Young Singaporeans will be given more opportunities to have a voice in national issues, Minister for Culture, Community and Youth Edwin Tong told Parliament on Friday (April 21).
This is through the creation of new youth-led panels later this year, Tong said during the debate on the president's address to Parliament.
Supported by the National Youth Council (NYC), the Ministry of Culture, Community and Youth (MCCY) and other relevant agencies, Singaporeans aged 15 to 35 will develop and recommend policies to the Government.
"These recommendations will be taken seriously," Tong said, adding that the suggestions may be presented in Parliament "if they merit further discussion".
Tong shared that he had met several young Singaporeans after the President's Address on April 10.
"They hoped for greater transparency on how their feedback and suggestions on policies were being considered by the Government," he said.
"We agreed that instead of taking an adversarial approach to policy suggestions, we could perhaps engage on these trade-offs and share views on opportunity costs, develop a deeper understanding of considerations that would be helpful when making policy suggestions."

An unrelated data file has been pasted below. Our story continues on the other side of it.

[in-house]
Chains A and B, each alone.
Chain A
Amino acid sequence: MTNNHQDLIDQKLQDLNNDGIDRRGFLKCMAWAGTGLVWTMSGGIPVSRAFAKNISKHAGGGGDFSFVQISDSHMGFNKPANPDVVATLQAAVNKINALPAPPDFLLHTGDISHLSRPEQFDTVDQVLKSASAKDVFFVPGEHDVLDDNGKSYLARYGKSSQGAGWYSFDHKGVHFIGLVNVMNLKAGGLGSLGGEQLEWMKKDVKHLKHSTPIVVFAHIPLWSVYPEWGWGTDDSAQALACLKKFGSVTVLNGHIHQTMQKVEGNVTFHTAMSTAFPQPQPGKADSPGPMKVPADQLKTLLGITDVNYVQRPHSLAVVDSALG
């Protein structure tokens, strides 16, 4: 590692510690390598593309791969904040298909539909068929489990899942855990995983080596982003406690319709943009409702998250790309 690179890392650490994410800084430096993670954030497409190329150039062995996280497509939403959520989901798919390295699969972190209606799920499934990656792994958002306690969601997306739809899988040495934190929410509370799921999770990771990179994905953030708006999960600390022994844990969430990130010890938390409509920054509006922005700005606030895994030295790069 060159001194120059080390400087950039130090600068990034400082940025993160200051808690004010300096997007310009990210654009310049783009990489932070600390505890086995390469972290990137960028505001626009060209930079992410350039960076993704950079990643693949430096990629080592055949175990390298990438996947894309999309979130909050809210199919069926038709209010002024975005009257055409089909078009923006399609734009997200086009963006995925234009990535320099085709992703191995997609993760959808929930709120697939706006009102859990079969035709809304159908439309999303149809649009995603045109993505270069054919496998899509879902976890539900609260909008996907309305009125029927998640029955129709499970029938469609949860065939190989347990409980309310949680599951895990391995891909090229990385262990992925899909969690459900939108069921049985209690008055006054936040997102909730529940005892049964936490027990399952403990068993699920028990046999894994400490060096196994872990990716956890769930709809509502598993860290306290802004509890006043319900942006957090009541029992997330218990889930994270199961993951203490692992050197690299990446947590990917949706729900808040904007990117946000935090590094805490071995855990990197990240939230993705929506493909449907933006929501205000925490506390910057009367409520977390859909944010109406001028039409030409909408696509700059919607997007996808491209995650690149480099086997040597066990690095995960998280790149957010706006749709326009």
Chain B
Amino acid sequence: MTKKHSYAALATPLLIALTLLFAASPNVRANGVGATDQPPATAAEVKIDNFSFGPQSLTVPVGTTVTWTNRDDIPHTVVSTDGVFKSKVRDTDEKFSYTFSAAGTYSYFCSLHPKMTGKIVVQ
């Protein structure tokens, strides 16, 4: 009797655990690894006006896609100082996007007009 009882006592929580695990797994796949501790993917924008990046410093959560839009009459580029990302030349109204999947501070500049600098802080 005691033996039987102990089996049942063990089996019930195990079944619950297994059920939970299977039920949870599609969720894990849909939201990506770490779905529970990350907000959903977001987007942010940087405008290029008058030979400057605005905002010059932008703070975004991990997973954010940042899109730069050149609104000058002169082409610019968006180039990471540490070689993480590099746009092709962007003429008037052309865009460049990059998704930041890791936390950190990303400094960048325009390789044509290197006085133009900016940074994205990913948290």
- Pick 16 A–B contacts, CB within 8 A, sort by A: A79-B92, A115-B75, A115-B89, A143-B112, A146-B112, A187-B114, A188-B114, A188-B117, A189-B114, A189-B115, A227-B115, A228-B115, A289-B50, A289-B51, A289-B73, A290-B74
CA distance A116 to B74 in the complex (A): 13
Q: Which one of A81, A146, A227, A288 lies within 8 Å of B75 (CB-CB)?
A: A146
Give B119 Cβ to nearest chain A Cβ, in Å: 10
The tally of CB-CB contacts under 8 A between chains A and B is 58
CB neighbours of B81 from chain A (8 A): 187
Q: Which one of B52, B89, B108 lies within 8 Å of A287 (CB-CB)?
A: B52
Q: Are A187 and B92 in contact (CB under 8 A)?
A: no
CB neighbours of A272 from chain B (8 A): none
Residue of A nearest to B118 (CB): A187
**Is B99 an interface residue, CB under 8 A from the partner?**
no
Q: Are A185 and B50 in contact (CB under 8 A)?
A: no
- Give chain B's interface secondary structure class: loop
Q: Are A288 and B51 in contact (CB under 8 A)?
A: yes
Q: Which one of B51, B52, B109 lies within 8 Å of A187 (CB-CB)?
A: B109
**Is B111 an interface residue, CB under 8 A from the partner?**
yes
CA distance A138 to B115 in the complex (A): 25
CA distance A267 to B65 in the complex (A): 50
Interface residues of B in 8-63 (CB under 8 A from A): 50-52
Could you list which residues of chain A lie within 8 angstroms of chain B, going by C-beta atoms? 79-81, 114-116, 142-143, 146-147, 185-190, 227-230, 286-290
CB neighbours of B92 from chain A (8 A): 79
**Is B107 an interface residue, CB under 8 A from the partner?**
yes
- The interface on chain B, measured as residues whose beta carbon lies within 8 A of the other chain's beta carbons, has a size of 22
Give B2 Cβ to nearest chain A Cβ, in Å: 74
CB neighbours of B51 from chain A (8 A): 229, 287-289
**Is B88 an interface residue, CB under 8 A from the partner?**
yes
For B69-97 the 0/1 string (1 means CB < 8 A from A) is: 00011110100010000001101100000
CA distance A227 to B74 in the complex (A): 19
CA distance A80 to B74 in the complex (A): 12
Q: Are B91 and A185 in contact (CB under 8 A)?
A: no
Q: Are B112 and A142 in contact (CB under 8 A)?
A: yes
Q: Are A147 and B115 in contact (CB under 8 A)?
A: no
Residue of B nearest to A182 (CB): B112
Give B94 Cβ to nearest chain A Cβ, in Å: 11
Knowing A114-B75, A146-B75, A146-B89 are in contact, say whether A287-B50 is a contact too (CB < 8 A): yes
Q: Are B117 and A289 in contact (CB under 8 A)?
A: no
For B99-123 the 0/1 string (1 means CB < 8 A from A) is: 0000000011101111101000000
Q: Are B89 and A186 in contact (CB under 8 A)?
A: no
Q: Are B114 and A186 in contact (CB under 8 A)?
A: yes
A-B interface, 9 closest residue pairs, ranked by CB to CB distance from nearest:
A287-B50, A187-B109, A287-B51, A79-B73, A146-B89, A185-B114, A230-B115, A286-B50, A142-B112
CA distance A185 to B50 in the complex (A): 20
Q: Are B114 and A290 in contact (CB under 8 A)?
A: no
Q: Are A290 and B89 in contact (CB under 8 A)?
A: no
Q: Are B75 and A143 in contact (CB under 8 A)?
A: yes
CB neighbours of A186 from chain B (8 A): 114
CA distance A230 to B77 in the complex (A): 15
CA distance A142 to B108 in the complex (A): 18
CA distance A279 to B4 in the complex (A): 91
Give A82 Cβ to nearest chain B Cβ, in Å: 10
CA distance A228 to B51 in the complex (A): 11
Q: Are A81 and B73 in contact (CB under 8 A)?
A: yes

Panels to be set up this year
With the new youth panels, young Singaporeans will work on a topic or policy which resonates with a broad section of youths, Tong said.
The Government will share its policy consideration and trade-offs and exchange data points with them, he added.
MCCY and NYC aim to set up two to three panels this year, comprising of youths from diverse backgrounds with experience and interest in the identified policy topics.
"Against this backdrop, we will create space for our young people to take the lead in the deliberations and formulate suggestions," Tong said.
The ministry said that more details would be shared in the coming months.
In his speech during the fifth day of debate on the President's Address, Tong also shared his ministry's plans - such as the recently-refreshed Racial and Religious Harmony Circles, and promote inclusivity by stepping up support for the creative and sports industries.
The country's diversity and harmony have allowed Singaporeans to chase their dreams and fulfil their ambitions, Tong said.
"So let us not throw out what has worked well for us," he added.